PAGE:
Online degree programs were first offered in the Philippines in the early 90’s during which there was a recorded continuous growth in the number of state and private institutions in the country. Also during this period was when the Commission on Higher Education (CHED), one of the three government organizations handling the education system in the country, encouraged many educational institutions to offer distance learning programs. This move was triggered by the increasing population and rise of tertiary enrolments over the past years.
1990’s – Rise of Open Universities
One of the well-recognized Higher Education Institution (HEI) offering online degree programs in the country is the University of the Philippines Open University (UPOU), which was established in 1995. OPOU is the pioneer of open learning and distance education in the Philippines. Another prominent open university in the country is the Polytechnic University of the Philippines Open University (PUPOU). PUPOU began offering online degree courses in 1990. The Asian Institute for Distance Education (AIDE) is one of the only four government-recognized distance learning providers in the country offering full academic degrees. Other pioneers of online degree programs are the University of Santo Tomas (UST), Ateneo de Manila University (ADMU) through the e-Learning Access Program, and Dela Salle University (DLSU). The online programs offered by these online universities include undergraduate programs, graduate certificate programs, post-baccalaureate programs, masters program, and doctoral programs.
2000’s – Technological Advancements in HEIs làm bằng cao đẳng
The eLearning market starts to emerge in the Philippines in the early 2000’s. However, the online courses offered by that time are limited only to certificate and vocational training. The government agency that helps facilitate these online programs is the Technical Education and Skills Development Authority (TESDA). Today, TESDA is offering various online courses in the fields of IT, Tourism, Electronics, Automotive, HVAC, and Agriculture under the so-called Technical Vocational Education and Training (TVET). Although these programs only provide Diploma and Certificate courses, TESDA has ladderization programs from these courses to the degree courses.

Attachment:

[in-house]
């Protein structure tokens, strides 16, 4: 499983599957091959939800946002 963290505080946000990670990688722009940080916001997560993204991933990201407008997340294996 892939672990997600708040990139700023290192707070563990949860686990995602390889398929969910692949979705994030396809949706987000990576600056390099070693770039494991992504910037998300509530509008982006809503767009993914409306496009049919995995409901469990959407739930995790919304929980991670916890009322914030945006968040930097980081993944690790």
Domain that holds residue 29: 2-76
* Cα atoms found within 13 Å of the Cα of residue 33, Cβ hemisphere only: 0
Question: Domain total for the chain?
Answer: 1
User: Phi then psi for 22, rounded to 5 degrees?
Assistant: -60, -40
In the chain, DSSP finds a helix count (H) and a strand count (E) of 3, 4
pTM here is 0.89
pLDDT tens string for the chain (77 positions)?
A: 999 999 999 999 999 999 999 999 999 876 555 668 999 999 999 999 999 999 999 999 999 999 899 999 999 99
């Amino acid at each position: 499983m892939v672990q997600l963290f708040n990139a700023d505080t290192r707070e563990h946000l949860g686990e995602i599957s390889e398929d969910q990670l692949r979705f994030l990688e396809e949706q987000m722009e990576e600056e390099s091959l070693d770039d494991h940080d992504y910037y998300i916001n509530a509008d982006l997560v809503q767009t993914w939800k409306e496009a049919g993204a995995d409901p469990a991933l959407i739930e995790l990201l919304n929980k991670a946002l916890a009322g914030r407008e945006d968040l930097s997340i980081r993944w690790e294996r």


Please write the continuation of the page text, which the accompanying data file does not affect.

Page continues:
At the turn of the millennium, internet technology starts to gain momentum in the education system of the Philippines. This technological milestone gives way to the emergence of more public and private HEIs offering online courses. According to a study, the number of internet users increased by about 291% during the period of 2000-2006, which is equivalent to 7.82 million people. According to Philippines ICT Statistics Portal, the mobile phone subscription was more than doubled from 2006 to 2011 and the fixed broadband subscription was more than quadrupled within the same time frame. According to StateUniversity.com, various public and private websites have also surfaced to provide online programs and services to students in the higher education. Among of these institutions are the Advanced Science and Technology Institute, Kodiko Online, 2StudyIt.com, Education for Life Foundation, Estudyante.com, FAPENET, Gurong Pahinugod, and Iskolar.com.
2010’s – High Economic Growth Impacts Higher Education Programs
According to Business World Online, there are nearly 2,300 HEIs in the Philippines and 1,259 of them were offering business degrees in 2012. According to CHED, tertiary enrolment reached 3.3 million in the same year. Based on Courses.com.ph, there are lots of postgraduate courses in the Philippines that can be taken online from various public and private HEIs today. These are online courses in education, management and public administration, agriculture, media and communication, health and allied sciences, computer studies, business, and architecture and engineering.